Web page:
Steve Aoki is a successful musician, but also, of late at least, an advocate for transhumanist goals for the near future that include rejuvenation research after the SENS model. This scientific paradigm is a path towards radical life extension: not just a mere few years gained, but decades at first and soon thereafter indefinite healthy life spans, as the ability of medical technologies to repair us overtakes the ability of aging to damage us.
Advocacy is not a profession. It isn't something you plan on, go to school for, follow a laid-out career. When it hits you that a particular goal is important enough to talk about, to take the people of the world by the shoulders and shake them - and it still amazes me that the slow and painful death of everyone you know is a non-issue to most people - then you speak to the audience you have and with the tools you have to hand. For my part, I'm a technologist. Whatever I chose to do in life was probably going to involve web sites: it's hard to avoid being swept up by the biggest wave in your field. So here I am, and here you are, reading what I write.
In Aoki's case, there is a much flashier platform and an entirely different audience: electronic music and young club-goers. I think this is a good thing, and I'm encouraged by the existence of individuals who choose to speak about rejuvenation research in ways and to listeners entirely unrelated to whatever I, the online futurist community, the aging research establishment, and others are ever likely come up with. Many approaches means many chances to reach more people, and thus persuade more people to materially support the cause of defeating all age-related disease. That's really all any grand and sweeping change requires: just a little persuasion, and each mention of the subject raises the water level just a little more, leading to a more receptive public. Many quarters of the science fiction community, for example, have for decades forged a path to set down the seeds that later grew into early support for the defeat of aging. All of this has value to my eyes, though of course it is very hard to directly measure the results of any particular instance of a spread of ideas through popular culture. The more that people talk about using medicine to directly tackle aging the better off we all, I say, and if that message is first seen in fiction or music, what does it matter for so long as it still leads some people in the right direction?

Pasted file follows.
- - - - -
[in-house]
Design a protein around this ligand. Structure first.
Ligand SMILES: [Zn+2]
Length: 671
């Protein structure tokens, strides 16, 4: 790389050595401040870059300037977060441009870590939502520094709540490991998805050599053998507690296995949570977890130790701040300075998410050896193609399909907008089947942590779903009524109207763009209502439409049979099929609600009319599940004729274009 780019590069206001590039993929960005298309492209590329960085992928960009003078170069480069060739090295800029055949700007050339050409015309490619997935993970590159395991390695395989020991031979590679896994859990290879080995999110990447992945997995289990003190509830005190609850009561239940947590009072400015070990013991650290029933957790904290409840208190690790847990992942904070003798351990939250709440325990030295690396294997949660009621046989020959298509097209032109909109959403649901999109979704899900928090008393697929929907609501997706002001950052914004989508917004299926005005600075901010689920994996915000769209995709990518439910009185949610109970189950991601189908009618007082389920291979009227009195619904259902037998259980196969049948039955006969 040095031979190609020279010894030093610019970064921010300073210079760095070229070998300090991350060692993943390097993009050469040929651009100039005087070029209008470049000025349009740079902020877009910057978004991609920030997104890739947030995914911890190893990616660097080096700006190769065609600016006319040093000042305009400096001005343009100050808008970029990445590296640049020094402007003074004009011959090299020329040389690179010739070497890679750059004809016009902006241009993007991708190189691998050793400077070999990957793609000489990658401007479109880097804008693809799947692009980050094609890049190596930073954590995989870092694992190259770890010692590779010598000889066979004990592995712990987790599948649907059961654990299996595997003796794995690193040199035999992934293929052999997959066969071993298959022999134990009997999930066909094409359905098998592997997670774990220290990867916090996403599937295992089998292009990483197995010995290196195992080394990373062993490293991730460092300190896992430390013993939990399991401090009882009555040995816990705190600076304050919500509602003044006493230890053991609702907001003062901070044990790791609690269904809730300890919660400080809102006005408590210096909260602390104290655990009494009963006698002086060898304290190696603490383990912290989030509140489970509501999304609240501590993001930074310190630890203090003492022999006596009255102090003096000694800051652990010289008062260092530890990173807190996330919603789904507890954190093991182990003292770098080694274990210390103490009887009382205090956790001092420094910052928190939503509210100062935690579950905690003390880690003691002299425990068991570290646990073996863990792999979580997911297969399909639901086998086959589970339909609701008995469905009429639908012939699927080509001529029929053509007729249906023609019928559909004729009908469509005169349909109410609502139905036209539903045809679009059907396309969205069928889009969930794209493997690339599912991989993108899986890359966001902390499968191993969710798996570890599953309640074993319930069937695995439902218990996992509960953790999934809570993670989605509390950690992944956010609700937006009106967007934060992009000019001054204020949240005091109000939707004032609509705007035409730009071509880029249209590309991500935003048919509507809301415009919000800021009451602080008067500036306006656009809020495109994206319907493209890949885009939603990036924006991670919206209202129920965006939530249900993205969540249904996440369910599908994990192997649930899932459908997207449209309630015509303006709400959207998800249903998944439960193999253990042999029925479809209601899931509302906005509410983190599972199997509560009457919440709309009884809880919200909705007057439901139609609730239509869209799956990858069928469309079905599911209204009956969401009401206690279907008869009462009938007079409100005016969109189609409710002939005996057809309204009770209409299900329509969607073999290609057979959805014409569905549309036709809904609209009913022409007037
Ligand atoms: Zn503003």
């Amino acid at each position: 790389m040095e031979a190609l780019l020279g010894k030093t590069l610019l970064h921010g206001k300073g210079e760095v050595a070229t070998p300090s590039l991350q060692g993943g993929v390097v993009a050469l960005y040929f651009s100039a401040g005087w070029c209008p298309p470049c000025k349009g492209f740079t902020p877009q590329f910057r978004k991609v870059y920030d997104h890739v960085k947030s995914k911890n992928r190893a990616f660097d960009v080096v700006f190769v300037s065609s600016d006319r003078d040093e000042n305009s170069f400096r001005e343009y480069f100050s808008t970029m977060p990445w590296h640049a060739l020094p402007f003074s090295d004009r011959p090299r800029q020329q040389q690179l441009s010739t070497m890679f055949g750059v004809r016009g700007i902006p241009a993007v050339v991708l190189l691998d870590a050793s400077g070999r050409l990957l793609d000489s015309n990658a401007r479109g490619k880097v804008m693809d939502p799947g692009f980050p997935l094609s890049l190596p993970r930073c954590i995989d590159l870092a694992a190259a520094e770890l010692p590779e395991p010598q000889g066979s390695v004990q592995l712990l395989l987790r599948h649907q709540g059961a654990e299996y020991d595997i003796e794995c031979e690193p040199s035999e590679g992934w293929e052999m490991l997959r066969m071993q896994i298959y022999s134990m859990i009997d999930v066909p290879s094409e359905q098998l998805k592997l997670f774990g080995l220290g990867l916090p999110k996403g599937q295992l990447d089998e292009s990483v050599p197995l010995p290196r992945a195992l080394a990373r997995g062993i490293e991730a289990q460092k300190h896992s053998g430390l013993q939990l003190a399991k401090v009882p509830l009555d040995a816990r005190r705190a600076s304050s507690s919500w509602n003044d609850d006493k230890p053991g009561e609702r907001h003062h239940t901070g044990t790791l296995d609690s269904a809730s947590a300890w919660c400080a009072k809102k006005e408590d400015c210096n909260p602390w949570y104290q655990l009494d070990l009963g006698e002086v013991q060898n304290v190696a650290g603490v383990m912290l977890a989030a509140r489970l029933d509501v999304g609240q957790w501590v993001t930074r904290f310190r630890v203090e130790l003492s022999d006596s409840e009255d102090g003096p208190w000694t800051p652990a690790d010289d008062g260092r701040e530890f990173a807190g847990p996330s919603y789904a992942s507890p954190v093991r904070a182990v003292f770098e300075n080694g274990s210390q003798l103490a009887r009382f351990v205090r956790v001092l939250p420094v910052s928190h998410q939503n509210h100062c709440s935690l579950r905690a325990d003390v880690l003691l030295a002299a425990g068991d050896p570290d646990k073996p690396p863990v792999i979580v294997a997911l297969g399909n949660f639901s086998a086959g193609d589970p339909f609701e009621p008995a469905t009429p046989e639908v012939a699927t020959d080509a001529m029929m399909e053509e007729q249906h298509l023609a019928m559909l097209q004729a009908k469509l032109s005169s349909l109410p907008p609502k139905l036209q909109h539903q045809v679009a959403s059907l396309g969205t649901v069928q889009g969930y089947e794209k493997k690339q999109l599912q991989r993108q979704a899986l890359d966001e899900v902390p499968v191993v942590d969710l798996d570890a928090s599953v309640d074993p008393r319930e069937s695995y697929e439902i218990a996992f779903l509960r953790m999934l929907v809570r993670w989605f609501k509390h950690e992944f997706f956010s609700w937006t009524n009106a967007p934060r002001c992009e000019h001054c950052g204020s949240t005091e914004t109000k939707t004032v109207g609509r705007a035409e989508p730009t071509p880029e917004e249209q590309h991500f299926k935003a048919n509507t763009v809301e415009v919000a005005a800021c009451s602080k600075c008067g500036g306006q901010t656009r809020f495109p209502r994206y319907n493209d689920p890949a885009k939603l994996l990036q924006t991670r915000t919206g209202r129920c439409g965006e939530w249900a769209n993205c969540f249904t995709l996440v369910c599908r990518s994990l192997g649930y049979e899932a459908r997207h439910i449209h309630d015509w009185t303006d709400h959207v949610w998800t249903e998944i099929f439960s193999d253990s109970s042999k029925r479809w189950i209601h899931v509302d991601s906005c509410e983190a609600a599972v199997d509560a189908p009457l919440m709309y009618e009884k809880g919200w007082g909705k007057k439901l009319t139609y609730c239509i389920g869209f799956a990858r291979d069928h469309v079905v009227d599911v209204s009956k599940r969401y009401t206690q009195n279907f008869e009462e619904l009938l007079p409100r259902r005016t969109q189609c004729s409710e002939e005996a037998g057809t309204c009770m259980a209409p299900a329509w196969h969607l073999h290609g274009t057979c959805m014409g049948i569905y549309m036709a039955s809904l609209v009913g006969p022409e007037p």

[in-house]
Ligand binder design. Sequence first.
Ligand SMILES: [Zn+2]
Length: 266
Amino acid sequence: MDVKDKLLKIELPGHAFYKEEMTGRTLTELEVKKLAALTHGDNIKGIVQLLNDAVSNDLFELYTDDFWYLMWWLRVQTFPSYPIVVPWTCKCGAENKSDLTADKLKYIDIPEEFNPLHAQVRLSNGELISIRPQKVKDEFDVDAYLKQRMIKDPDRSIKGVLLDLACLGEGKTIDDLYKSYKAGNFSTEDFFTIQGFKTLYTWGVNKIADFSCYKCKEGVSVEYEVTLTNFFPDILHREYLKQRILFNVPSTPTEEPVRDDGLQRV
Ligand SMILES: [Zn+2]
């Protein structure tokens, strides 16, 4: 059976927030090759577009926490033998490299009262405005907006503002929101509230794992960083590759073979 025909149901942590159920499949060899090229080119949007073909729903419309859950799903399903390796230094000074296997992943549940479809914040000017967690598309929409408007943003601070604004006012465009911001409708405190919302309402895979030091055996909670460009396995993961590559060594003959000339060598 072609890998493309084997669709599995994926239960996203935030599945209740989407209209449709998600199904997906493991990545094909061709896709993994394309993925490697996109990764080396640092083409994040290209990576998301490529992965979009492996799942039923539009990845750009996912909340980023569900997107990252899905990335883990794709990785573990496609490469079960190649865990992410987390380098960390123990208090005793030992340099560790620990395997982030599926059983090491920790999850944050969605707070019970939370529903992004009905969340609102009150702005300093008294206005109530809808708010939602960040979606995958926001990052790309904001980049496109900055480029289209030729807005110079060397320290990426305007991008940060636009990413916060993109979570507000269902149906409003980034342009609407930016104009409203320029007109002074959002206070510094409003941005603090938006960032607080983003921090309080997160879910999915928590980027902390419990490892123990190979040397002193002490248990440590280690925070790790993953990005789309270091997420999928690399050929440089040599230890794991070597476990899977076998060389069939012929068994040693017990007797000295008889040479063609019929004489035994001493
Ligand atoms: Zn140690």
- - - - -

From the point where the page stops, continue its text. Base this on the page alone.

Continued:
Although Steve Aoki is best known for his shameless EDM anthems and unusual habit of covering his fans with cake, the L.A. DJ is also a cunning label head and enthusiastic techno-futurist. His latest album [is] a 10-song journey into a world when humans merge with technology, live forever and party even harder than they do now. Google engineer and The Age of Spiritual Machines author Ray Kurzweil speaks on the intro and Ending Aging wiz Aubrey de Grey riffs over the New Age closer.
"I started reading books on singularity and the progress of science and technology, and that was all really exciting to me because, being a science-fiction nut growing up and reading comic books. When you start seeing that some of the science-fiction - some of these ideas are actually real trajectories that are going to happen in our lifetime - at least notable writers and people doing research that you trust and respect, then my interest starts lighting up. Then when you start finding information all you want to do is share that information.
"Extending our lives, extending our creativity, opening up the mysteries of the brain. All those things that are really exciting - that's kind of the basis of [the album], and that's why I interviewed Ray Kurzweil and Aubrey de Grey. I'm also doing a companion set [where] I'm interviewing different scientists, authors, writers - interesting people who have written books that have inspired me."
In the years ahead we'll be seeing ever more of this sort of thing as the tipping point of public support for longevity science comes closer. More people are persuaded, more people are thinking on the topic, and ever more of them will work in fields and communities that are very distant from the audiences of today's supporters and advocates.